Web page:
It seems that a depression has got into finnpony breeders. It shows as shutting down or shifting down the stables and breeding any mare with only fast, commercial trotter stallions, even many good horses are left out of the studbook for simply not showing them.
Page 3 – photos:
1. Mare Lobina 503-72PJT may have been the only one of its kind. As you can see on her register number, she was approved for three breeding sections studbook out of four. She got the first prize for the P-studbook.
2. Jessimo 186-80RP is a very qualified P-section stud.
3. Manni 2052-80RP has an excellent type.
Finnpony breeders feel that their work, the pony-sized finnhorse, is not appreciated enough. The riding horse type breeders have the same situation. P-studbook driving test is often made by trotter horse drivers, who have a completely different thought of what a horse should feel to the reins than what would probably be suitable.
On the other hand it is not much better in the riding tests either. The skill levels and backgrounds different widely between the test riders. The worst case scenario is to have a committee of one-eyed trot men, who simply judge the horses by their pedigrees without even taking a good look at the horse itself. As there are four equal breeding sections, it would be reasonable to ensist the committee to consist of people who know the backgrounds and could work unbiased and unprejudiced.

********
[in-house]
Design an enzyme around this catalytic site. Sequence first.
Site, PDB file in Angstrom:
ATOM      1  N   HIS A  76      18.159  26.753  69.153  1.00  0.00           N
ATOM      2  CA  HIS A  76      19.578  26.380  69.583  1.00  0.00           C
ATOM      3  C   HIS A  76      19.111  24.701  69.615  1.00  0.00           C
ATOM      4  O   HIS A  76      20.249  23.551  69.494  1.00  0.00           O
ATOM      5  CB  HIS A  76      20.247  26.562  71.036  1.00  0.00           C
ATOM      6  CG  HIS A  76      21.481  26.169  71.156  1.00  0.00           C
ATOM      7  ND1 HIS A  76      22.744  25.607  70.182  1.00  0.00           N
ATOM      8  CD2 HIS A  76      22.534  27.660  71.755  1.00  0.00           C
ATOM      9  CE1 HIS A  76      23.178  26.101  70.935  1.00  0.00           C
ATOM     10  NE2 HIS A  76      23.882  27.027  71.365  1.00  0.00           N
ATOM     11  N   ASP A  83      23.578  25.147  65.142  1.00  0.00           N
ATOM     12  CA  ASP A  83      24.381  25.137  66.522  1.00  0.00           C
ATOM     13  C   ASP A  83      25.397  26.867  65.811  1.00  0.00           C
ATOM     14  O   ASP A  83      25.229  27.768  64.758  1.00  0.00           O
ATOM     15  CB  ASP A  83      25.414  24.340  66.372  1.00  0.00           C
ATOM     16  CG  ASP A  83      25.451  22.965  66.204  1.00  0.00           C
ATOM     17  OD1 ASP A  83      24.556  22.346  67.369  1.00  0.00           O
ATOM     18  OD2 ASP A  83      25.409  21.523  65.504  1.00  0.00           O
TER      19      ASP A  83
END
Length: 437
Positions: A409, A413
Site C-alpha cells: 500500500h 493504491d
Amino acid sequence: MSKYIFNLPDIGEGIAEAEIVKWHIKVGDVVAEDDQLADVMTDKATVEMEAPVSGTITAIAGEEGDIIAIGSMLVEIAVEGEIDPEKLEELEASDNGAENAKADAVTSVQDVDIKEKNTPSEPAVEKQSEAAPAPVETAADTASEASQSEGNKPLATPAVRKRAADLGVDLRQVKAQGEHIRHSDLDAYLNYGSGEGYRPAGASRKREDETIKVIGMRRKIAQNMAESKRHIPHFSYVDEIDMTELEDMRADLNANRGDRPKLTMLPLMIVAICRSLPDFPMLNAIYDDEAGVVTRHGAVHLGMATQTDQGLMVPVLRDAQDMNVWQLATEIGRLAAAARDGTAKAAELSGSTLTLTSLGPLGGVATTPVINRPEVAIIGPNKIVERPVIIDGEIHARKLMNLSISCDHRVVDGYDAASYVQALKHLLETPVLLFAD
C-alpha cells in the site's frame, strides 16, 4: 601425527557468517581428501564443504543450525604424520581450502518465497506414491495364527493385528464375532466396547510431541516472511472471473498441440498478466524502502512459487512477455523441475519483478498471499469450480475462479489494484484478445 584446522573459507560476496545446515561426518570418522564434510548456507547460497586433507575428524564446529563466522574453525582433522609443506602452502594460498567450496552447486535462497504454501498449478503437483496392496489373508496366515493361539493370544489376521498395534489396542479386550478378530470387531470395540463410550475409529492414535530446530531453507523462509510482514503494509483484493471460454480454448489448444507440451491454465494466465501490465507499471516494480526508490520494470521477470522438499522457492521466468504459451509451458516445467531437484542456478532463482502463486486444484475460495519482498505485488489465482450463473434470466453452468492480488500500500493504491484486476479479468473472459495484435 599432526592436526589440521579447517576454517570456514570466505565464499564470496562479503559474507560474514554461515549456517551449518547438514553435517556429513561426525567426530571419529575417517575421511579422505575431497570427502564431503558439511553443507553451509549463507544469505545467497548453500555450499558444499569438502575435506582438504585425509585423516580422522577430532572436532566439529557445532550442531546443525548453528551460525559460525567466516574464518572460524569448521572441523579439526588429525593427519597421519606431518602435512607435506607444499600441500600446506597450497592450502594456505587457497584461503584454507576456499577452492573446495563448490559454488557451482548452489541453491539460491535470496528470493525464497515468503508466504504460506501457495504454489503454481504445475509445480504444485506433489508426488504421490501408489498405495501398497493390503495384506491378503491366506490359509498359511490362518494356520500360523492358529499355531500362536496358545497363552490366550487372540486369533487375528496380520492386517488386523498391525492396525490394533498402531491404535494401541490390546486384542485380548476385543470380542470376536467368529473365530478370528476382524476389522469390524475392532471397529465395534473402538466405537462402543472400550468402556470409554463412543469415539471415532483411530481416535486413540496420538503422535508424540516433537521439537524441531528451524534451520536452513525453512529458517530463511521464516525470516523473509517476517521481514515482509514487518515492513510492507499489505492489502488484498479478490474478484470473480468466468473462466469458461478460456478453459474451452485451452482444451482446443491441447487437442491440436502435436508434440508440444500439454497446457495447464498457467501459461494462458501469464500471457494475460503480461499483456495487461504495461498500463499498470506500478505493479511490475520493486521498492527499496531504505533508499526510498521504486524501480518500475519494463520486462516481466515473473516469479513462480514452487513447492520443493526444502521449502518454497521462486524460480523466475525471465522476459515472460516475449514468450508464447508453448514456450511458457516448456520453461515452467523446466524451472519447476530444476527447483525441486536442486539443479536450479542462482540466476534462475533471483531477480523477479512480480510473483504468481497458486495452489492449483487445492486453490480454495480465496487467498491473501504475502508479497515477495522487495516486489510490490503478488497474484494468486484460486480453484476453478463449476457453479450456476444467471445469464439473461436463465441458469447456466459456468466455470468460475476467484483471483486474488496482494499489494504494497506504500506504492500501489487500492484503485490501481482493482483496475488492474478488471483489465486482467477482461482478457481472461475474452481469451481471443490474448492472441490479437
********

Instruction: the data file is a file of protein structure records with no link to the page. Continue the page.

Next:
Photo: One of the best finnpony mares, Pyrri 2987-84P (Ist prize) has started her broodmare career promisingly.
Hippos could give more attention for the finnpony and their breeders. It would not even demand high investments. A few years back when Hippos and Suomenratsut ry searched for finnponies just to see how many there were. Hundreds of finnpony friends appeared, glad simply by the fact that they had been noticed. They should be brought together constantly, for example by organizing a seminar.
A connection to Estonia could be refreshing. Their horses got new blood from the few finnhorses that were taken over the Gulf of Finland before. As I have introduced finnponies to my Estonian guests, they have, of course, pointed out their economical situation, but also told me that they are concerned about finnpony’s heavy head and front. This might mean that I haven’t found the horses they are looking for, since there are lighter-fronted horses too. The Estonians also want to see riding horse type and schooling in a stallion.
Maybe Suomenratsut could get a few Estonian horses to the upcoming farmer fairs, those which have Finnish blood in them? This could lead the conversations to much higher levels!
And one more thing: Let the upcoming year 1994 be the year of the finnpony!
– Ilmari Ojala 1993